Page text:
From Publishers Weekly
Liz and Mike O'Reilly's marriage weathers the Vietnam War in Farrington's fourth novel (after The Monk Downstairs
), a well-crafted but somewhat timeworn story about a military family's stoicism in the field and on the home front. Capt. Michael O'Reilly, USMC, ships out from Okinawa for Da Nang, while back home in Detroit, where the streets are afire from the 1967 riots, a pregnant Liz struggles alone to raise their four children. Mike is "turned toward battle like a plant toward the sun," but Liz quietly curses the Marine Corp and draws on hidden reserves of strength to be a good Catholic wife and mother. As commander of a beleaguered company in Vietnam, Mike is badly wounded and further strains the marriage when he returns to combat instead of coming home. Meanwhile, a near miscarriage in her third trimester almost costs Liz her life, but she decides to keep the baby rather than guarantee her own survival. Farrington's graceful prose moves the engaging narrative along at a brisk clip, but tough, noble Mike and tough, big-hearted Liz remain mired in type. The result is a compassionate but unambitious novel about enduring marital love and family ties during wartime from an author who was willing to take greater risks in his earlier works.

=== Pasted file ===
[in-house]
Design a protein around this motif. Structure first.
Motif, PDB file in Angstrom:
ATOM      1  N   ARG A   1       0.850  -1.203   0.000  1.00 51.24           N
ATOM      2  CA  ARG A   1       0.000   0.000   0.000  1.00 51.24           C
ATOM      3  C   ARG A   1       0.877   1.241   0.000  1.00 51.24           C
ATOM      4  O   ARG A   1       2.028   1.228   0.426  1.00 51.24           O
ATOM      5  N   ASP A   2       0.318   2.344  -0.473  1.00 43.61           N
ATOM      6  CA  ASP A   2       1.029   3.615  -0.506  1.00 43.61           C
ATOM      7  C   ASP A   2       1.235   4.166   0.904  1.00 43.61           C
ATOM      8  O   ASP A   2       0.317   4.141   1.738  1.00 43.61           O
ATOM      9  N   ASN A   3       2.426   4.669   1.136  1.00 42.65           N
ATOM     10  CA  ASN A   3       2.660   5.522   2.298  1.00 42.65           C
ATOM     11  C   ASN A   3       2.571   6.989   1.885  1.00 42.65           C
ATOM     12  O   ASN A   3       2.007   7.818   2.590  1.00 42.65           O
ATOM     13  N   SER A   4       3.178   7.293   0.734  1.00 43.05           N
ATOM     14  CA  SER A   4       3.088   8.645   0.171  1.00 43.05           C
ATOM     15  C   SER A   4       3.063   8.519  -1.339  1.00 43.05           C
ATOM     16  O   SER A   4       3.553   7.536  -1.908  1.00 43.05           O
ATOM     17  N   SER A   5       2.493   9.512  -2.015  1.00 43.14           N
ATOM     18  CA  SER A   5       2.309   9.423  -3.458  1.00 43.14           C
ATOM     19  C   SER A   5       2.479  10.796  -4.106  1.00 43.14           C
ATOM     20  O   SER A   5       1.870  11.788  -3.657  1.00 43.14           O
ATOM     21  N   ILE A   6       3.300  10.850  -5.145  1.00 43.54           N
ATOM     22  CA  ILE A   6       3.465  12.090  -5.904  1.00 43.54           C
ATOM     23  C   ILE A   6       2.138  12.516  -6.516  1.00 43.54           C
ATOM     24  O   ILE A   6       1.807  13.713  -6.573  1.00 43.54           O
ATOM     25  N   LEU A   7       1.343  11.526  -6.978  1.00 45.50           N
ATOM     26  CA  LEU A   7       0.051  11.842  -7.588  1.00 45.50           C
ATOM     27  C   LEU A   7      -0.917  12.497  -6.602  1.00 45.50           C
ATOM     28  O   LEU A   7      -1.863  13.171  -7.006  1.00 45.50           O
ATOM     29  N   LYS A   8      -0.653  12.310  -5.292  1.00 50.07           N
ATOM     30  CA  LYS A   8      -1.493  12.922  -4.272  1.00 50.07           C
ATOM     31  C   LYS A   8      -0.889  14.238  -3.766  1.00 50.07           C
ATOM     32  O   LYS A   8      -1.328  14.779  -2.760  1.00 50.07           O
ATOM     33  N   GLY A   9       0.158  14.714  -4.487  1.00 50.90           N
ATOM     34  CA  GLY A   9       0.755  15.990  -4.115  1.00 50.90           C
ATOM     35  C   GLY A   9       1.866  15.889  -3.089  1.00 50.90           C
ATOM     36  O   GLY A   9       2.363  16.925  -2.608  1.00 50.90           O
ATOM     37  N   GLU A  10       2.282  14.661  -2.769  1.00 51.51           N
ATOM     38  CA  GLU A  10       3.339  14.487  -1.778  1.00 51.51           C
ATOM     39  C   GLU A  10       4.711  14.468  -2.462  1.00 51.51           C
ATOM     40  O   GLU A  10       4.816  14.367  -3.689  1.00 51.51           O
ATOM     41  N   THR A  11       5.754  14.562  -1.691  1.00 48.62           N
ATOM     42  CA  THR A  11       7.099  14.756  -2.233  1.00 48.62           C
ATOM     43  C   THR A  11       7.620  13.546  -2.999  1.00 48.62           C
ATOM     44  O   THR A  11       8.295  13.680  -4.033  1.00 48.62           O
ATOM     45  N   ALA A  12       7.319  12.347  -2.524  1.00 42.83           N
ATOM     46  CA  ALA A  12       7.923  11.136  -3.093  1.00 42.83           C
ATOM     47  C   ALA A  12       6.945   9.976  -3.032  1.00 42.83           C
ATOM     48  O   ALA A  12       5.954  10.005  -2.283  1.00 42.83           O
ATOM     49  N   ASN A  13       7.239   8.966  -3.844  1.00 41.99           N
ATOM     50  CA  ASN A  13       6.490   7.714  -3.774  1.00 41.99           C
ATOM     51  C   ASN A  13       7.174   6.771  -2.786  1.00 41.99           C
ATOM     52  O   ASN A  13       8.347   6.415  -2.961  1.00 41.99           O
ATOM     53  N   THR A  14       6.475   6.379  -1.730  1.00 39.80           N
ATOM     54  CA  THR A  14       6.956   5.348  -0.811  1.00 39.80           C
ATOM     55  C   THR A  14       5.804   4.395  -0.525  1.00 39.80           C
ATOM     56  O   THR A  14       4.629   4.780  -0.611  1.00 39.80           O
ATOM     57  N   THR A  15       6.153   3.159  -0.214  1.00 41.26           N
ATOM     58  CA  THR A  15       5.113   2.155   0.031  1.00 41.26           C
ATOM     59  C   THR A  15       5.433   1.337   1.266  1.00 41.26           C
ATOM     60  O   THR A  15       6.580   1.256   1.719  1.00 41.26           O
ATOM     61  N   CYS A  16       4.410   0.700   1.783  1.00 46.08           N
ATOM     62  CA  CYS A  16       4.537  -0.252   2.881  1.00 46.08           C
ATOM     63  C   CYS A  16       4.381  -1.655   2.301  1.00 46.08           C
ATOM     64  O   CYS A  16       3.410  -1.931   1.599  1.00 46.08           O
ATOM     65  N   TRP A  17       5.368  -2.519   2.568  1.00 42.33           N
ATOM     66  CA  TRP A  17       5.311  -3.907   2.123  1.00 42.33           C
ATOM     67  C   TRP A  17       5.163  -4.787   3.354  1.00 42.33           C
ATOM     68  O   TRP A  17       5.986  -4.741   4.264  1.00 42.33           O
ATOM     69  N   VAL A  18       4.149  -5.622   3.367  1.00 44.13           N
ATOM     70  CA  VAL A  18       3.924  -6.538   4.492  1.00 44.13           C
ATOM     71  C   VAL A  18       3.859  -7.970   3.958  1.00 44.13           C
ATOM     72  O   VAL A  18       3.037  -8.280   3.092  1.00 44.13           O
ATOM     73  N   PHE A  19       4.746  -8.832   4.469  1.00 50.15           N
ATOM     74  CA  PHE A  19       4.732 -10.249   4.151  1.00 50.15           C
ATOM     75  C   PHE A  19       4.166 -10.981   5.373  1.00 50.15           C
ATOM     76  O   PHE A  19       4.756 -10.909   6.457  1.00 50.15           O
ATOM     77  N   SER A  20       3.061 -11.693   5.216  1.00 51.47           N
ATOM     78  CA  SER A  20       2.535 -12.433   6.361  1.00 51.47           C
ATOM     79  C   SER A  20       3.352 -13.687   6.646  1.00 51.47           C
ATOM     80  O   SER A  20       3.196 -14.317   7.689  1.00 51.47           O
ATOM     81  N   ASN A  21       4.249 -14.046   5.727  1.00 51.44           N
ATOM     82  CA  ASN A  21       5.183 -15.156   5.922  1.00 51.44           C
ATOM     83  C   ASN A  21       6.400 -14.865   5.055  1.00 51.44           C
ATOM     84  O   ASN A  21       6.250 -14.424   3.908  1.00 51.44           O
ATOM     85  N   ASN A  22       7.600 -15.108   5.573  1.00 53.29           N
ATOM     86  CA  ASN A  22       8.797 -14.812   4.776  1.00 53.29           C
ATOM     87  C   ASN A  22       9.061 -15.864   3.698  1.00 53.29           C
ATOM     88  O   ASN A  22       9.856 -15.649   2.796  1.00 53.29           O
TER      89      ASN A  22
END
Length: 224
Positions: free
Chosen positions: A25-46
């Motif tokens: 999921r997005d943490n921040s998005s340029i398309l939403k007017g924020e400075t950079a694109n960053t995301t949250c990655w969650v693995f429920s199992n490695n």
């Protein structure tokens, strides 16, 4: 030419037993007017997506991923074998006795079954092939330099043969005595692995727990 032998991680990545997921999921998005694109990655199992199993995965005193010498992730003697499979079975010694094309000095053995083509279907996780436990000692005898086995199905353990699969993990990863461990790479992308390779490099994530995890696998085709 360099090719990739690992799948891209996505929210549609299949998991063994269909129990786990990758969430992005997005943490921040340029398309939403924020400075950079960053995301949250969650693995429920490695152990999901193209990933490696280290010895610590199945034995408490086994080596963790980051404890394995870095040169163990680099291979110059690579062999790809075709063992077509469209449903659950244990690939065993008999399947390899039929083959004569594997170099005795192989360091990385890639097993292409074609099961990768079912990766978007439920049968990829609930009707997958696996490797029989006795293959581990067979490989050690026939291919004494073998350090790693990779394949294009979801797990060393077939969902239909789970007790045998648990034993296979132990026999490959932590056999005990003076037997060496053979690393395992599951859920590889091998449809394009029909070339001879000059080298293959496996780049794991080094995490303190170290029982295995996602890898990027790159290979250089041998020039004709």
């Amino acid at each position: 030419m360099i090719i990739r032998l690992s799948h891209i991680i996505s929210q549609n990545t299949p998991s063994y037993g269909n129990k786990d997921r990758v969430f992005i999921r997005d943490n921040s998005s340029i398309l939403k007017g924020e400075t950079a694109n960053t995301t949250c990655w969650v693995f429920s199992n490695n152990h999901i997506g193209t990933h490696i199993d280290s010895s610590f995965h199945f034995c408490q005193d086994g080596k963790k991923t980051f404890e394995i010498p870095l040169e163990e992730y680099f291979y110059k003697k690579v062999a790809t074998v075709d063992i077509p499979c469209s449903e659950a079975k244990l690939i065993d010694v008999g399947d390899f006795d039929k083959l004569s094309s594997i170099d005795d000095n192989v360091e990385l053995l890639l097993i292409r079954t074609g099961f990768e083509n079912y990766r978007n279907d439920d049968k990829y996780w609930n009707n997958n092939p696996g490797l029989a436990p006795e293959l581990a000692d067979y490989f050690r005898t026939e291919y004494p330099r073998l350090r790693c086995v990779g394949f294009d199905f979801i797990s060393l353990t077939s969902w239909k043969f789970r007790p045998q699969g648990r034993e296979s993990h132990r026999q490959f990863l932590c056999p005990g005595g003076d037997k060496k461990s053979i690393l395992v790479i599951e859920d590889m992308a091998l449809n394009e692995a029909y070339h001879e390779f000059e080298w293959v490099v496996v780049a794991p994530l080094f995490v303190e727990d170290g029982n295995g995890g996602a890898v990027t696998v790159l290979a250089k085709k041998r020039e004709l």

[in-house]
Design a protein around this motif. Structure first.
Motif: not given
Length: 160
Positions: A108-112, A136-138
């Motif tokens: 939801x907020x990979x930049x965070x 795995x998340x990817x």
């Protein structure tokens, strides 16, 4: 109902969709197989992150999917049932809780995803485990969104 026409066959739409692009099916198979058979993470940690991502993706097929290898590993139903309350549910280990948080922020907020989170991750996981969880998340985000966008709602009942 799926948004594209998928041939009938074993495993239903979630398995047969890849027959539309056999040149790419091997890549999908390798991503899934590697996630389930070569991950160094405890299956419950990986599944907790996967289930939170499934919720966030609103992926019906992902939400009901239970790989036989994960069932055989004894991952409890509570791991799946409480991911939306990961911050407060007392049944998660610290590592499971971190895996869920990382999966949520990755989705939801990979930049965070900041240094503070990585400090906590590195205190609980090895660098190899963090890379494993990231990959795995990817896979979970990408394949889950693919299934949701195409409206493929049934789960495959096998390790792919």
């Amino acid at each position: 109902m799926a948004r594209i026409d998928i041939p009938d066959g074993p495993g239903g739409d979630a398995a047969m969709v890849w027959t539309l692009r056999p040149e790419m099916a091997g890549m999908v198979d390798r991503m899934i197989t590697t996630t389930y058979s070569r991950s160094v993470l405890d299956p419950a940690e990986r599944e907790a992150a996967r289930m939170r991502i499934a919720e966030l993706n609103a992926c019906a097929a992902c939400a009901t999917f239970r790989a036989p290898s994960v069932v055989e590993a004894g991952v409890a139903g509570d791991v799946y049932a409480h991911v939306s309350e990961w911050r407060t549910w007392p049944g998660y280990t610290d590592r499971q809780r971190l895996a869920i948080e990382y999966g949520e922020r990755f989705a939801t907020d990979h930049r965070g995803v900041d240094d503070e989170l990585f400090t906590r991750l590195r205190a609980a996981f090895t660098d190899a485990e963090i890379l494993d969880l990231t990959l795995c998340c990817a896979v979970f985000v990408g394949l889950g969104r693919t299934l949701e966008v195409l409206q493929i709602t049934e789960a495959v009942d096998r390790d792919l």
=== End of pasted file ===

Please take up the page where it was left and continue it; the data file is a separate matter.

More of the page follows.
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Farrington's urgent, moving narrative turns the war novel on its head. It's 1967, and while Mike O'Reilly, a career marine, is getting shot at in Vietnam, his wife, Lizzie, is dodging domestic shrapnel: she's two months into an unplanned pregnancy, she flinches every time the doorbell rings, and her four children, at school, are hearing that their father is a baby-killer. While Mike's active-duty letters, full of mud and gore, form part of the story, it is Farrington's unsparing account of Lizzie's life at home—the desperately untidy house, her small attempts to carve out time for herself, her mounting anxiety—that takes the novel beyond its particular time and place and makes it a captivating study of tenderness and blame.
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